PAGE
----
The 7 requirements for a loan to be a “qualified education loan” to be non-dischargeable in bankruptcy:
In order for a “student loan” to be non-dischargeable in bankruptcy, it must meet the following 7 requirements to be a “qualified education loan”:
1) The loan must have been incurred by an individual borrower. Loans incurred on behalf of a business or other organization do not meet this requirement.
2) The loan must have been issued solely for the purpose of paying higher education expenses. This means credit cards and home equity lines may still be dischargeable, even if they were used to pay for tuition or other education expenses.
3) The student who obtained the loan must have been the person filing bankruptcy, the person’s spouse, or a dependent of the person filing bankruptcy.
4) The loan must have been issued within 90 days before or after the academic period for which the funds were applied. This means that if a student loan was issued more than 90 days before or after the beginning of the academic semester for which it was used, it may be dischargeable, even if it was labeled as a “student loan.”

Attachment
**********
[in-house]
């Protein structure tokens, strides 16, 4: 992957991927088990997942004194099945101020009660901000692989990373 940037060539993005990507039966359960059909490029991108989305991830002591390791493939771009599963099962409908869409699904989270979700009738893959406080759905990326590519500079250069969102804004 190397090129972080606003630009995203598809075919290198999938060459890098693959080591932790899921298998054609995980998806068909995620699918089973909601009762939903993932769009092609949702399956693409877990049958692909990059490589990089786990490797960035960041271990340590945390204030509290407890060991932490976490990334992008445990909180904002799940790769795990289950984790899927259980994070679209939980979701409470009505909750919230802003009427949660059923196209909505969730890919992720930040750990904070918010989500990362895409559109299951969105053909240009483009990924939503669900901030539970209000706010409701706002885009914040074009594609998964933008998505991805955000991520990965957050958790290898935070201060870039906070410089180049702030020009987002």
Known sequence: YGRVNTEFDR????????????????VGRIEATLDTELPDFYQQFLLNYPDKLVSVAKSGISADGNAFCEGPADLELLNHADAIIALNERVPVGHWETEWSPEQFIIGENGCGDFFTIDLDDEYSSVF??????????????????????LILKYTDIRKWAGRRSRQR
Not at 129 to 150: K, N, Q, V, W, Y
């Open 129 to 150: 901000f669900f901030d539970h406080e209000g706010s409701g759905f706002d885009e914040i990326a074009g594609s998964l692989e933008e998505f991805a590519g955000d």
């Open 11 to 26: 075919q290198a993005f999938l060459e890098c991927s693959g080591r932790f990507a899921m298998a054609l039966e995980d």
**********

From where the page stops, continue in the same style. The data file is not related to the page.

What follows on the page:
5) The loan must have been incurred while the student was enrolled at least half-time in a Title IV educational institution for the purpose of seeking a degree. A Title IV institution is a school that has a written agreement with the US Secretary of Education, which allows the school to participate in federal student financial assistance programs. For a list of all Title IV schools, click here.
6) The student loan must not be owed to a relative or borrowed from a retirement plan.
7) The student loan must be used to pay “qualified higher education expenses.” The official definition of “qualified higher education expenses” can be found here. But generally, these expenses include tuition, books, supplies, room and board, transportation, and a reasonable allowance for miscellaneous personal expenses.
Thus, if a purported student loan does not meet ALL of these requirements, it is not a “qualified education loan” within the meaning of the Bankruptcy Code, and thus, it may be dischargeable in bankruptcy.